Tuesday, October 17, 2017

Translator Trip-Ups 2 - Spelling

The first blog in the series, about script oddities, is here.

In this blog we’ll look at some odd spellings. For the most part these are not exactly misspellings, more like unexpected spellings that anyway occur with some regularity in a particular time or context. That means someone, at least, thought them acceptable. Thinking about pre- and post- Samuel Johnson English, you may wonder when and how any kind of spelling standards may have taken effect among Tibetan writers. For those concerned, there have been a lot of dag-yig, or correct letters texts meant to help them. 

The truth is Tibetan literary culture was and remained for most of his history a scribal culture, despite the eventually increasing popularity of woodblock printing technology. That means even works written by good spellers might get copied by bad spellers, or even worse, copyists who regarded themselves as good spellers. At some point a body comes to accept things like the absence of the final -s when it ought to be there, and its presence when it shouldn't, and this despite any number of treatises written by Tibetan savants precisely on that subject. It isn't a popular thing to be a good speller, so I hesitate to say just how good I was at it at a very young age, and proud of it, too. Even before I started primary school, I knew how to spell a number of short words thanks to my parents and my older brothers. So I'll dedicate this blog to them.

Our first example is difficult to recognize, indeed quite odd and one that puzzled me in the past:

This 'byal turns out to be an uncommon spelling for one of the most common verbs. I‘ve seen it in quite a range of works, mainly early compositions, mostly pre-Mongol period (roughly pre-mid-13th century).

In this example you see above, taken from the Zhijé History that appears in the Zhijé Collection (more on it in a minute!), Padampa Sangye encounters one of his disciples, a woman, during his travels in Tibet. There are many examples of this 'byal spelling, and despite its oddness there is really no doubt about it. And in the ZC it is the normal spelling (I haven’t noted the normally regarded as ‘normal’ spelling mjal at all). I’ve observed this in other early texts, including manuscripts of Zhang G.yu-brag-pa’s 12th-century works. However, doing the million-page search at TBRC I only come up with 13 “hits,” and only a few of these turn out to be valid examples on closer inspection.* Despite this, we can say that in particular texts this highly unusual spelling is the usual one.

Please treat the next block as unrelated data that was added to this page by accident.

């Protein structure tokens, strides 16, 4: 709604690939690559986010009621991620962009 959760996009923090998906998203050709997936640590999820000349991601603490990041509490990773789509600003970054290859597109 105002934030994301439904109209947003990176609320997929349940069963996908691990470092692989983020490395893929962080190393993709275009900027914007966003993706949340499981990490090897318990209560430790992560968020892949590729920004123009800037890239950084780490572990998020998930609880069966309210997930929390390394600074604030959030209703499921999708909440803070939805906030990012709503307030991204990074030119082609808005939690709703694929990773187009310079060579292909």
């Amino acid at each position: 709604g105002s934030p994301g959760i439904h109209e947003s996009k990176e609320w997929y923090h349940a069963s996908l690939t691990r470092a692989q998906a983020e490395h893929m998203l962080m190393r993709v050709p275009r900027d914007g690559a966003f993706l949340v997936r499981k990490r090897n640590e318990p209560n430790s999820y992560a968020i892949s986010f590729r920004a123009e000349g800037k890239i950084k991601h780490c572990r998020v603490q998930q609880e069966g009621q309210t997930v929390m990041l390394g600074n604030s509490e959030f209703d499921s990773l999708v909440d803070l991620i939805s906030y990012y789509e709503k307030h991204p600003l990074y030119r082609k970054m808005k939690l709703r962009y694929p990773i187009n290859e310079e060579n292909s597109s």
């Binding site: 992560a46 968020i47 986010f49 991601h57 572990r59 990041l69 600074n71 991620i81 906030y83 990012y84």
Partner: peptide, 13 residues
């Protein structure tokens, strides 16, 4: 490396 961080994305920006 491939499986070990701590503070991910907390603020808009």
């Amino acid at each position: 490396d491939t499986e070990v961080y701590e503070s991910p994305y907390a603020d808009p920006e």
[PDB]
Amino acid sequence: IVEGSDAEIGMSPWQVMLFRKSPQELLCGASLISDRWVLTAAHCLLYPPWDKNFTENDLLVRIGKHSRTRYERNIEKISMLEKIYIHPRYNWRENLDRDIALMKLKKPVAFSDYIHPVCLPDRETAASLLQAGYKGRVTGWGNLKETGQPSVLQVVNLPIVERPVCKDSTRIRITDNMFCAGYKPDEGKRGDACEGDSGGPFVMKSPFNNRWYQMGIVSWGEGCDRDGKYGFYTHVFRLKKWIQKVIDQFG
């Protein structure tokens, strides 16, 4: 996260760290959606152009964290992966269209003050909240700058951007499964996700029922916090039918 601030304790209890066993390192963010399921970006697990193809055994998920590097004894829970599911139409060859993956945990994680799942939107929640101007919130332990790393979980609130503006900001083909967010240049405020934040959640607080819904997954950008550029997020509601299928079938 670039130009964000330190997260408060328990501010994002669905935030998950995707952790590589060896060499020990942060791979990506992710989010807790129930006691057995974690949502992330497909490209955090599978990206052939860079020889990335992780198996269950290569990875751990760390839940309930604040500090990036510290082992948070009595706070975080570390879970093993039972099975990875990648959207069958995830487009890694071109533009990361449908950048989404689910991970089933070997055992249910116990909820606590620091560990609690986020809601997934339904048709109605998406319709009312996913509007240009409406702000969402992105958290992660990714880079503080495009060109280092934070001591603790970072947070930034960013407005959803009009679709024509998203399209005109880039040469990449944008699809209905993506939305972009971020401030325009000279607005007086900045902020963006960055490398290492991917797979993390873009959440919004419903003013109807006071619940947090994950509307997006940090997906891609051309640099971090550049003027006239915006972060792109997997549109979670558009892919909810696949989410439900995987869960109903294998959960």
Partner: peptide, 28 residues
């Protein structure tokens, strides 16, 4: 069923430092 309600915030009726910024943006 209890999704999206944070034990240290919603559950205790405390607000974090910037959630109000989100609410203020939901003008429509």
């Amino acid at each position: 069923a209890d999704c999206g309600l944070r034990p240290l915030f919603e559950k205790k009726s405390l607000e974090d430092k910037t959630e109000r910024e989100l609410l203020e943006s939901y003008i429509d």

(*There are reasons for this. After years of efforts OCR can now work, and it has become a great tool for Tibet research, but it only works well with publications produced with 21st-century computer fonts. [What computers produce they can be taught to read?]  That means not only that works existing only in manuscript are entirely excluded, it also means that modern editors, being bound to dictate their own ideas of what right spelling is, have very likely eliminated all the interesting ones.)

Here you may be able to make out that there is or was a title there on the title page of the Zhijé Collection as filmed by the Nepal-German Manuscript Preservation Project. I’ve mentioned this collection a lot in earlier blogs, so I assume you know of it.

The Zhijé Collection, inscribed some time around 1245, is my main source of the unusual spellings that we will look at. Here you can see how the title is given in the published version. I point out parts that require correction:

Assuming my corrections are good, and I think that would be a good assumption, we can translate it as “Among the Zhijé Teachings at the Heart of the Holy Dharma, this is the Later Transmission [Collection Known as] The Exceptionally Profound. This is the copy that belongs to the small residence in Tingri Langkor.” Later Transmission simply means that it belongs to the most recent of Padampa’s three periods of teaching in Tibet, the time he spent in Tingri up until his death. If you think there is something pejorative about labeling it as later, would you prefer to call it the Latest Transmission? I for one won’t mind.

Wolfenden, in his old article “Significance of Early Tibetan Word Forms,” comments how a glossary of Amdo dialects very often replaces various prescript consonants, and most often the ‘g’ and ‘d’ prescripts that are replaced with the superscript ‘r’ are pronounced as such (a commonly encountered example of this is rtsang-po in place of gtsang-po). Knowing that a shift of this kind happens is a very important key to understanding the text. Still, I’m not sure if we ought to conclude that the ‘s’ in the Padampa text was actually pronounced. It seems not, since it isn’t systematically applied, only some of the time. I also doubt it was a deliberate effort to make the text less readable, I’m just not sure enough to go into that.